Justice Bus: The Wheels of Justice

Pepperdine students provide advocacy services to parents in need with the Justice Bus project.

EVERY YEAR IN ALMOST EVERY SCHOOL ACROSS THE COUNTRY, capable, smart children fall behind their peers. The reasons are varied; unacknowledged learning disabilities, social and/or economic burdens, lack of personal attention. But the outcome is usually the same—children aren’t able to succeed to the best of their ability. Many are held back a year or put in remedial classes, two stigmas that will follow them throughout their entire school career.

Meanwhile parents feel that they have little say in the school’s decision. Many parents—particularly lower-income parents in areas with limited access to legal services—aren’t even aware that they have legal rights regarding the choices made by their child’s school about said child’s education.

“Dealing with a school is so one-sided,” notes Rachael Nelson, a third-year Pepperdine School of Law student. “Most parents are really passionate and want to do the best they can for their kids but they don’t know the law or how to go about it, and they can’t afford attorneys. Schools have attorneys.”

Enter a group of nine Pepperdine students, including Nelson, and the advocacy nonprofit One Justice. The California-based organization hosts one-day clinics in underserved neighborhoods, providing temporary access to pro bono attorneys for issues of health, violence, homelessness, hunger, and education. In 2007 the Justice Bus Project was established so that law students could assist the clinic attorneys.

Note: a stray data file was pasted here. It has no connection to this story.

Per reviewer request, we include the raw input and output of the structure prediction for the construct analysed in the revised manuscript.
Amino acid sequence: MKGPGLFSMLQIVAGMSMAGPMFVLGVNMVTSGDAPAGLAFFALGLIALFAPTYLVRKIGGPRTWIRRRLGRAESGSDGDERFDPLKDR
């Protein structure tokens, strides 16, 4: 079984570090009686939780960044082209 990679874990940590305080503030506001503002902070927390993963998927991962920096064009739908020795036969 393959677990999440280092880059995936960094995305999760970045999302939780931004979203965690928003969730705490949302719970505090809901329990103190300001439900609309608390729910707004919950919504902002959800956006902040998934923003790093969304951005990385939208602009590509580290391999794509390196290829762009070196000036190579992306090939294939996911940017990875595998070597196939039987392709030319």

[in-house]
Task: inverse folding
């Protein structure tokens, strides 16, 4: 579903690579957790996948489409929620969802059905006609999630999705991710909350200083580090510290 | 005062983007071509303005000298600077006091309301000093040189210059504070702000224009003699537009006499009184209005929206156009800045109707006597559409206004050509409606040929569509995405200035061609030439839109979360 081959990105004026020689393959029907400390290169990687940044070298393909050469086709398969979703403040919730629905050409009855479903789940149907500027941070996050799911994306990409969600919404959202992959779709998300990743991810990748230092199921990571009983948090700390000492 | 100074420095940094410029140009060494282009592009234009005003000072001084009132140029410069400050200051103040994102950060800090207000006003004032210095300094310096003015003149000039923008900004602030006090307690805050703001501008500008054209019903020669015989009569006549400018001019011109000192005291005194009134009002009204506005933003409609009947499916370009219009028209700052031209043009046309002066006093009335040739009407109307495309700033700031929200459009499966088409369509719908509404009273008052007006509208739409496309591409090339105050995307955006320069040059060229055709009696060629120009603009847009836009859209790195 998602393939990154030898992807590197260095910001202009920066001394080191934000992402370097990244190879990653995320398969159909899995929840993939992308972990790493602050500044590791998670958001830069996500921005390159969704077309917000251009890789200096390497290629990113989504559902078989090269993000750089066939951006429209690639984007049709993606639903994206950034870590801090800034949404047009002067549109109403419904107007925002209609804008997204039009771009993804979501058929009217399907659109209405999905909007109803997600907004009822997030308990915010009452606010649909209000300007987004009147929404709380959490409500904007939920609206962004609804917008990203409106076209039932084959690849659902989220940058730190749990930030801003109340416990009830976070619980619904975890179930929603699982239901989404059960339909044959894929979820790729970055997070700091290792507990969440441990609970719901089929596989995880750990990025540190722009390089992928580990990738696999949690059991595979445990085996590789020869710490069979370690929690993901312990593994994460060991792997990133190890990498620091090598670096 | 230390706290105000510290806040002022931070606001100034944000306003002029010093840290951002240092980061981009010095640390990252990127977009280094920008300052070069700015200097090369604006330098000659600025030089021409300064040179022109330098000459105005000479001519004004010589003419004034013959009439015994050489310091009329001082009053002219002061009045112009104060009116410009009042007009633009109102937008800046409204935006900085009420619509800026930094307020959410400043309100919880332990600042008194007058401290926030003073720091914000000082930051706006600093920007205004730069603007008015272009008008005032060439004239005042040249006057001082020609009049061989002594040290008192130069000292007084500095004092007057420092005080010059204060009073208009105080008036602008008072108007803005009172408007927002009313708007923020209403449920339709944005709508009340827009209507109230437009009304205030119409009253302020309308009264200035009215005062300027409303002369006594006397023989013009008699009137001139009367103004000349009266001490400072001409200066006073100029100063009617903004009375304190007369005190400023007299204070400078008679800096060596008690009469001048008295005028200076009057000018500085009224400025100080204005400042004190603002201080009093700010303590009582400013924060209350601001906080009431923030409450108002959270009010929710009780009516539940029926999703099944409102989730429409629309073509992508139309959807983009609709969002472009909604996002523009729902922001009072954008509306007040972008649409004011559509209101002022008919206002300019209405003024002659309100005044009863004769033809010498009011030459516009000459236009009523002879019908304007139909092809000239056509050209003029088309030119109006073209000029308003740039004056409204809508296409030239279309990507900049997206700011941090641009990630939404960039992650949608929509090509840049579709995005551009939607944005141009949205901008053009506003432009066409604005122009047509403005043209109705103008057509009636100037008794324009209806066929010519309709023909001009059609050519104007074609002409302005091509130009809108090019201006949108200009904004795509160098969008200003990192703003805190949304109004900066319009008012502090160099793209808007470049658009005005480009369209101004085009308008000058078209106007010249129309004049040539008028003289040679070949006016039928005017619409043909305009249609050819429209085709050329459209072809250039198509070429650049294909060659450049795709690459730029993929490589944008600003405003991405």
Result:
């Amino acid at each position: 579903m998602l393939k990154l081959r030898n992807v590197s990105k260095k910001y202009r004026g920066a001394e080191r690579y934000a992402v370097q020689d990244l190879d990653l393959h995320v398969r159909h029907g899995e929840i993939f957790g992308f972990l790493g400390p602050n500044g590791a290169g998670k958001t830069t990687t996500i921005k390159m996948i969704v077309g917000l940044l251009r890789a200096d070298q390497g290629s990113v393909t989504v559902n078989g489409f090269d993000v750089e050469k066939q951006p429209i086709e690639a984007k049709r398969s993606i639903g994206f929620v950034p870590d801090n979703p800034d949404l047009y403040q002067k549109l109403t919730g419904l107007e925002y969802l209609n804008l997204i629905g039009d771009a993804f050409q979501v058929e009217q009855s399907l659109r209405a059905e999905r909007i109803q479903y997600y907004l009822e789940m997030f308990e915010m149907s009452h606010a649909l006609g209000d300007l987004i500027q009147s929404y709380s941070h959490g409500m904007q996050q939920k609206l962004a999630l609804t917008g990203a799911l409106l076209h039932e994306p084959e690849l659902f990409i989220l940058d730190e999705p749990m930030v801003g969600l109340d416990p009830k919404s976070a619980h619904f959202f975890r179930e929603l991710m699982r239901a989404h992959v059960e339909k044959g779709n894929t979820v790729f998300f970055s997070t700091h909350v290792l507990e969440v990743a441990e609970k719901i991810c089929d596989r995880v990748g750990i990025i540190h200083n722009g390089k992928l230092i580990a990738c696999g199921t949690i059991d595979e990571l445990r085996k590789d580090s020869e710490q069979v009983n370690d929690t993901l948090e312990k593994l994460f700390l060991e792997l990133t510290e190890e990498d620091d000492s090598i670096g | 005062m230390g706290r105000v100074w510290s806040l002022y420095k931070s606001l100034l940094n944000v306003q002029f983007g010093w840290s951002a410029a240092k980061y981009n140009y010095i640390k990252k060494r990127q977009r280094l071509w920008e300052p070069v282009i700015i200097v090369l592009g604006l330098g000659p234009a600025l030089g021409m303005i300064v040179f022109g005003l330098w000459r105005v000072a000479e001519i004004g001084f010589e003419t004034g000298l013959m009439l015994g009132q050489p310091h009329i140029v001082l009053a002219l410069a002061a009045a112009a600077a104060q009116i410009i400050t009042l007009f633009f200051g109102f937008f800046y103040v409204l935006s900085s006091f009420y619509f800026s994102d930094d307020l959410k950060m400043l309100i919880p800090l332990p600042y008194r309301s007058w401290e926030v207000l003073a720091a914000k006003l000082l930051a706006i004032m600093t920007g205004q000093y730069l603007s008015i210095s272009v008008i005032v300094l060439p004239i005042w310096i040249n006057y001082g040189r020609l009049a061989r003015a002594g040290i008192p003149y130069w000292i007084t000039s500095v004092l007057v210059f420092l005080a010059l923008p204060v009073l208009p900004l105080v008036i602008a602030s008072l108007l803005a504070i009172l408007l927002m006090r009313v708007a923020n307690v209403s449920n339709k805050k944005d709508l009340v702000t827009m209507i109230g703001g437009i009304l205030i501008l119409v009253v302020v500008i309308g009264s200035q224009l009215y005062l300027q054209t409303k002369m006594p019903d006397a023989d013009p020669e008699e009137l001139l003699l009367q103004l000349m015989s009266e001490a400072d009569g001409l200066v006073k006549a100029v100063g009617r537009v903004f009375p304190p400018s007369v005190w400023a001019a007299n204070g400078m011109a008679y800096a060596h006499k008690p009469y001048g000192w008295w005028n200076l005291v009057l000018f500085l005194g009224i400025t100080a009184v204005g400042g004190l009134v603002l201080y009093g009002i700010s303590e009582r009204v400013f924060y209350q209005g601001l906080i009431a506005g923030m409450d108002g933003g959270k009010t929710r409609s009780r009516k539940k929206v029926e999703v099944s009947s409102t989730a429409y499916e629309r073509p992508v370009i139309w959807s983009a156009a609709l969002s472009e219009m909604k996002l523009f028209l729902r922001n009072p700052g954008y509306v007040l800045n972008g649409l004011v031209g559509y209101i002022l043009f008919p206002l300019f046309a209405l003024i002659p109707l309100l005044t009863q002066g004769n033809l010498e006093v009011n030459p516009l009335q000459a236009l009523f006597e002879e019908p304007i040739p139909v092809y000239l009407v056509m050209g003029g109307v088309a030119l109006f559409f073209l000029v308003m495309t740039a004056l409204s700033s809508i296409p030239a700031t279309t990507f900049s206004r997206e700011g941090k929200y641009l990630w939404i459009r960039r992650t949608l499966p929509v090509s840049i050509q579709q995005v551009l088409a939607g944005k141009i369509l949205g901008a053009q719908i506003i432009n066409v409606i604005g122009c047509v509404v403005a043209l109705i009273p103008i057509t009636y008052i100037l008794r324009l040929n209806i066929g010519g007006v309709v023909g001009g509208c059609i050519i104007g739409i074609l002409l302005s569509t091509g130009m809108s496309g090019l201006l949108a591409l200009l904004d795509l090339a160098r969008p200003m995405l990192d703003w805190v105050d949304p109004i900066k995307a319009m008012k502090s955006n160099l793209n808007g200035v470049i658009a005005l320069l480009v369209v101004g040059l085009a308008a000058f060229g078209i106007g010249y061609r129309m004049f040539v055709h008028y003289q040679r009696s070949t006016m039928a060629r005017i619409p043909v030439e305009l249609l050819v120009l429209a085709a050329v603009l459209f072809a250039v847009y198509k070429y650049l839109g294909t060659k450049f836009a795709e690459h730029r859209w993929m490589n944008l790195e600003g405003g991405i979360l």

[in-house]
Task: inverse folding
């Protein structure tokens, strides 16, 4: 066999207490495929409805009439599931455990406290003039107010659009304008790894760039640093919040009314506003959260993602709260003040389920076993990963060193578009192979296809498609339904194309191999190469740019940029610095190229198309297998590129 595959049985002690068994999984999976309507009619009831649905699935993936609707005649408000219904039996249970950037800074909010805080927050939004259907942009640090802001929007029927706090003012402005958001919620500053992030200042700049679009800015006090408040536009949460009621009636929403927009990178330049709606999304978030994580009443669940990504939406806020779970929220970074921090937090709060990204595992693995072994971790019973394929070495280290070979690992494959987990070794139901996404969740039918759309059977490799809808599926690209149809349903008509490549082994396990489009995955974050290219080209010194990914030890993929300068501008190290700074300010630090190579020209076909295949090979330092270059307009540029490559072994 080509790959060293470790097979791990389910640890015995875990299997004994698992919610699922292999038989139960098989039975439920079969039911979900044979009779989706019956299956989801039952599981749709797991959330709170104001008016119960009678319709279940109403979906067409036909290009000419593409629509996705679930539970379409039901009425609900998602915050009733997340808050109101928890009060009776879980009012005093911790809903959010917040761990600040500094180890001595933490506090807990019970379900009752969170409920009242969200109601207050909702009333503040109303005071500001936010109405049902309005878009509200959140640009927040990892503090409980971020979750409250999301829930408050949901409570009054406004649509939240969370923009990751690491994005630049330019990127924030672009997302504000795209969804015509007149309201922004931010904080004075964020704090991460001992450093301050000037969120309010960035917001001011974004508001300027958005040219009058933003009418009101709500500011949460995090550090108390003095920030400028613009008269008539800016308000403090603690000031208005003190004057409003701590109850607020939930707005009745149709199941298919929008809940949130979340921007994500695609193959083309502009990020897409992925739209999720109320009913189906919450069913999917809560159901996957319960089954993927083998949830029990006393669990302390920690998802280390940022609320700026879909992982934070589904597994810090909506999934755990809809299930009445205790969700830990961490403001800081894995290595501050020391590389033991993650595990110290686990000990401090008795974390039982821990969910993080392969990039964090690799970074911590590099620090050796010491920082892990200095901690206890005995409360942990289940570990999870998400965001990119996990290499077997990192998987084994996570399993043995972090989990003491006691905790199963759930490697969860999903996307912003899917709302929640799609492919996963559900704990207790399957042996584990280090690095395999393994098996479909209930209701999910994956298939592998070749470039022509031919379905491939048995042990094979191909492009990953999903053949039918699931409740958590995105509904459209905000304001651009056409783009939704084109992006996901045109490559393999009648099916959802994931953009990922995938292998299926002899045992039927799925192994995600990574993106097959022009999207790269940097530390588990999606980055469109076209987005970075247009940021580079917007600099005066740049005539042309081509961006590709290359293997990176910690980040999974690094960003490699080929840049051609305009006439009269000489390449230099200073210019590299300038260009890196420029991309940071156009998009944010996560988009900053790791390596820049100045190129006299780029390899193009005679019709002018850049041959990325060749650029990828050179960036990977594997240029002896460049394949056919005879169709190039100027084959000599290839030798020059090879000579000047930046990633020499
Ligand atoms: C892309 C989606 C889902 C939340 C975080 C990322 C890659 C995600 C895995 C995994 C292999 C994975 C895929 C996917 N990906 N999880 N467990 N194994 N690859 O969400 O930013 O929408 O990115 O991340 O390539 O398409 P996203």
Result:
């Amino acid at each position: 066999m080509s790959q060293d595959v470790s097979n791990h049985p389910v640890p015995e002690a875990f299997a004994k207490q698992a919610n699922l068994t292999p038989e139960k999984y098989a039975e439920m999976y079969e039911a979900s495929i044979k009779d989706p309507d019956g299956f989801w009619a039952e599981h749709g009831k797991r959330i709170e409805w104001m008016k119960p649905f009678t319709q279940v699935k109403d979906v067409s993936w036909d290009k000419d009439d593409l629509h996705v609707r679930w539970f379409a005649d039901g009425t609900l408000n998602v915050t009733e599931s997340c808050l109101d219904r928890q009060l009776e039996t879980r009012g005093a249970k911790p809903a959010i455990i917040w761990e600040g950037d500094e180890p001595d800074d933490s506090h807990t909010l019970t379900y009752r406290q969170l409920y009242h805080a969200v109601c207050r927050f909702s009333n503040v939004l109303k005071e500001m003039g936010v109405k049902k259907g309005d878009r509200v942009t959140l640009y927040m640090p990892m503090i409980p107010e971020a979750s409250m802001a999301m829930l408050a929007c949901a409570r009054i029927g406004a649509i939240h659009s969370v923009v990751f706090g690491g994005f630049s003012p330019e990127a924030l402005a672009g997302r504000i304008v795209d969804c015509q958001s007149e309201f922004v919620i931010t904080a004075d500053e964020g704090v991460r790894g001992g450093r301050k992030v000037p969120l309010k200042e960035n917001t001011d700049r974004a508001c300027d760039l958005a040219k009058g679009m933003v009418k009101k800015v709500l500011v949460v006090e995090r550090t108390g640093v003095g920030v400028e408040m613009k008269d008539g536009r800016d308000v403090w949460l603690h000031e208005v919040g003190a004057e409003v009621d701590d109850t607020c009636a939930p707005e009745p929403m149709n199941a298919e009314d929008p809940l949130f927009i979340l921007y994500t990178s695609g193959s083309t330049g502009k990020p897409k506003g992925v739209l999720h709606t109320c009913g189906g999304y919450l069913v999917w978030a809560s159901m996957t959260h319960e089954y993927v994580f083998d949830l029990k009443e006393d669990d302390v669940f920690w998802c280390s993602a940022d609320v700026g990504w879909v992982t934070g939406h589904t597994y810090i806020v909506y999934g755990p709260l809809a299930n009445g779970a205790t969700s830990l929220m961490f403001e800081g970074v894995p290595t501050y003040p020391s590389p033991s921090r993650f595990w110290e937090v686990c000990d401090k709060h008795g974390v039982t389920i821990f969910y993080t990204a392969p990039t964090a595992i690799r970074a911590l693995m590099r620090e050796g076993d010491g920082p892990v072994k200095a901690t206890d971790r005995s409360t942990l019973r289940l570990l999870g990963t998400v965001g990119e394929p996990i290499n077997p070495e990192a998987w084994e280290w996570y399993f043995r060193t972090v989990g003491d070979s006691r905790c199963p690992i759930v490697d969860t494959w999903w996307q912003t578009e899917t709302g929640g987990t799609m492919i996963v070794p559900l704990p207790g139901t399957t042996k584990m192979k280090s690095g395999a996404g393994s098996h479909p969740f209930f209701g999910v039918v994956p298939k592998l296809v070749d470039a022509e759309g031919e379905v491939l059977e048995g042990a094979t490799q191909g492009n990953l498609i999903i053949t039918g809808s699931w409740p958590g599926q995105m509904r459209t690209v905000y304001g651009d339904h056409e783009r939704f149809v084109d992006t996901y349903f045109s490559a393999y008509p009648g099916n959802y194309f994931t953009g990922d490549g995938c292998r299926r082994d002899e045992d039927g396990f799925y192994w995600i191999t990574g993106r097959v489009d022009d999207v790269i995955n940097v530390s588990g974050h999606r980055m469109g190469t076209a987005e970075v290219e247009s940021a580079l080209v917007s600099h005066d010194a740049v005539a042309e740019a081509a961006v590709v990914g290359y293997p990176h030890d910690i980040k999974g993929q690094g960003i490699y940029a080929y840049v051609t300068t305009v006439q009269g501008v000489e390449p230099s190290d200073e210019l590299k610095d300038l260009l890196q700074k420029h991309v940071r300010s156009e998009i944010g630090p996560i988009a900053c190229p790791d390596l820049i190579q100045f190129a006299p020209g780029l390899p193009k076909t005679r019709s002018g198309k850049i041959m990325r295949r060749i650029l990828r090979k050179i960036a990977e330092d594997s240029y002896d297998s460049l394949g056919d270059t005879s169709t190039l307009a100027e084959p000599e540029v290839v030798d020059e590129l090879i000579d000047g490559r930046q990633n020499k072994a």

The School of Law partnered with the Justice Bus Project for the first time last November, when the first Pepperdine group assisted an attorney from Mental Health Advocacy Services (MHAS) in an education advocacy clinic set up for a day in a community center in the small town of Lancaster, California, about an hour north of Los Angeles.

“One of our goals [in partnering with law schools] is to expose law students to the needs in isolated, rural communities, and to let them know there’s a need for services out there,” says Cynthia Luna, an Equal Justice Works AmeriCorps Legal Fellow for One Justice and coordinator of the partnership. “It was moving to witness the students’ realizations about how much they could empower parents in one afternoon by providing tools for parents to advocate for their own children.”

The group acted as the first point people, gathering information from parents and guardians about their cases and advising the MHAS attorney about the individual situations, while a couple of the students were bilingual and able to serve as translators. In total, they were able to help serve more than 20 clients.

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Nelson recalls one older woman, who was the legal guardian to her two grandchildren. She walked into the clinic with nothing but a fierce determination to help her grandchildren succeed in school. She had no paperwork with her, and no knowledge of what rights she had, as legal guardian, to demand that the school provide extra attention for her two disabled charges.

“She was raising two children with two different disabilities. She was the nicest woman, but with no education and a minor disability of her own, she had no idea what to do,” remembers Nelson, who has taken the special education law course at the School of Law and volunteered with special needs children in the past. “She would show up and bake cookies at the school to get people to like her and get better programs for her kids, but she didn’t know anything else to do. What she really needed was help getting more programs for her kids who were being overlooked.”

The needs of all the parents and guardians that visited the clinic that day varied but, like the grandmother’s difficult situation, what they all had in common was children who felt abandoned by a system that is supposed to support their education—not hinder it.